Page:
Winning against diabetes

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01 Jul 2018 | PEOPLE

Winning against diabetes

// STORY KOH ENG BENG 
// PHOTOS CHAI SIAN LIANG & COURTESY OF CPT (NS) MELVIN TAN

English Melayu
Each morning, CPT (NS) Tan does hundreds of push-ups, chin-ups and squats at his neighbourhood fitness corner, wearing a 10kg weighted vest or dip belt with loads of up to 25kg

Diabetes is incurable but CPT (NS) Melvin Tan managed to "reverse" his condition, weaning himself off jabs and medication.

He had just obtained his Master of Business Administration from the prestigious Columbia University in New York, and was looking forward to starting a new job with Deutsche Bank AG in Hong Kong. Life was looking bright for CPT (NS) Tan.

But just days before he was about to fly to the London office to begin training, he received devastating news: his preemployment medical check-up showed that he had diabetes. This was in 2011.

Diabetes occurs when the body doesn't produce any or enough insulin, leading to an excess of sugar in the blood. It can lead to heart attack, stroke and kidney failure.

"I was only 31 then - most people are diagnosed (with diabetes) at about 60," said CPT (NS) Tan, father of a nine-year old girl and seven-year-old boy.

"To me, that meant I had a high probability of dying much earlier (than my peers)… If I wanted a reasonable chance of living to 70, I had to figure out a strategy to maximise the probability."

This lifelong disease usually has to be kept under control with medicine or insulin injections. But CPT (NS) Tan managed to put his diabetes in remission through a strict but sustainable exercise and diet regime. Today, he no longer needs insulin jabs or medication.

Overcoming a sedentary lifestyle

Over a cup of iced kopi-o kosong at his neighbourhood coffee shop, the 38-year-old fund manager shared that he used to be fit in his 20s, and even took part in marathons.

But lack of exercise due to punishing working hours - from 7am to 10pm - and an overindulgence in beer and pizza caused his weight to balloon over the years.

"I realised I needed to make drastic diet changes," said CPT (NS) Tan, who now tips the scale at 69kg (16kg lighter than his heaviest at 85kg!).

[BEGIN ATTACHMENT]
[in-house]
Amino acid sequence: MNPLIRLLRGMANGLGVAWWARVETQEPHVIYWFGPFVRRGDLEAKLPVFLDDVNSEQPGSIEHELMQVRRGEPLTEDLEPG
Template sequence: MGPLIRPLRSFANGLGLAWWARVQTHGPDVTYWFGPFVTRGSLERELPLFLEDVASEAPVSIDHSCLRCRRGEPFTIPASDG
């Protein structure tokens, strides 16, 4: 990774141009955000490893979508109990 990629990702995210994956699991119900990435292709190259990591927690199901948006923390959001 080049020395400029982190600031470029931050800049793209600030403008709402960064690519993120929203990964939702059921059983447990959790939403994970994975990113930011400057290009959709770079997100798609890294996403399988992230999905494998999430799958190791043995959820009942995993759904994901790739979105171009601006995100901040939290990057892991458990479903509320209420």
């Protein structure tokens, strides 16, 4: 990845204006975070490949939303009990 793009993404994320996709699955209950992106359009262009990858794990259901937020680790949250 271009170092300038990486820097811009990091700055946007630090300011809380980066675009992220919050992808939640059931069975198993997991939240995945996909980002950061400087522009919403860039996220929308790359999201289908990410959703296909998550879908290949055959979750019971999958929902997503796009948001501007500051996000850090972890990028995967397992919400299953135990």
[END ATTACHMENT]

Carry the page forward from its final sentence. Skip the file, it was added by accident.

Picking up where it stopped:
He strictly avoids carbohydrates. This means having wonton mee without noodles, or chicken rice minus the rice.

To satisfy his cravings, he keeps to a "carbo budget" of a serving of dark chocolate and whisky or wine each day, and two tablespoons of nasi lemak or bee hoon each week.

"I also allow myself (to have) two seeds of durian - and to lick a mango seed - each year," he chuckled. "If I'm doing this until 80, I must be able to have ‘cheat food'!"

Simple but effective

His exercise regime is simple. Each morning, for 30 to 45 minutes, CPT (NS) Tan does hundreds of push-ups, chin-ups and squats at his neighbourhood fitness corner. To add intensity, he wears a 10kg weighted vest or dip belt with loads of up to 25 kg.

After a year of painstaking effort, his diabetes was kept under control, but he still needed insulin jabs. The final push came when he set a goal to join his National Service (NS) unit for Exercise Wallaby the following year in 2013.

His medical status had been downgraded to Physical Employment Standard (PES) E.  As long as he needed insulin injections, he could not take part in any overseas training. So he intensified his efforts, and soon his doctor diagnosed that his diabetes was in remission.  

Security insurance

So off he went to Australia for Exercise Wallaby - he wanted to see how his unit's battle plan would pan out on the ground, in a large-scale drill involving elements from the air, land and sea.

Then a deputy operations officer in the Armour formation, his role was to develop battle plans for the troops.

He had completed his mandatory 10-year Operationally Ready NS this year but will continue to serve under the Reservists On Voluntary Extended Reserve Scheme.

"In the end, the Singapore Armed Forces is an insurance policy (for Singapore). Most of the time, you buy an insurance policy hoping that you don't have to use it. But if a crisis hits, you better be sure that the insurance company is able to pay out."

Spreading hope

Complacency can be fatal, and to avoid this, CPT (NS) Tan continues to keep up with his strict exercise regime and diet.

"The probability of diabetes returning is high. If I'm not careful, I may not be able to fight it off if it comes back."

He wants to share his story to show other diabetic patients that it's never too late. "Diabetes is incurable, but you can stabilise it and lead a productive life… I want to tell people that you can not only control diabetes, but it's actually possible to reverse it." 

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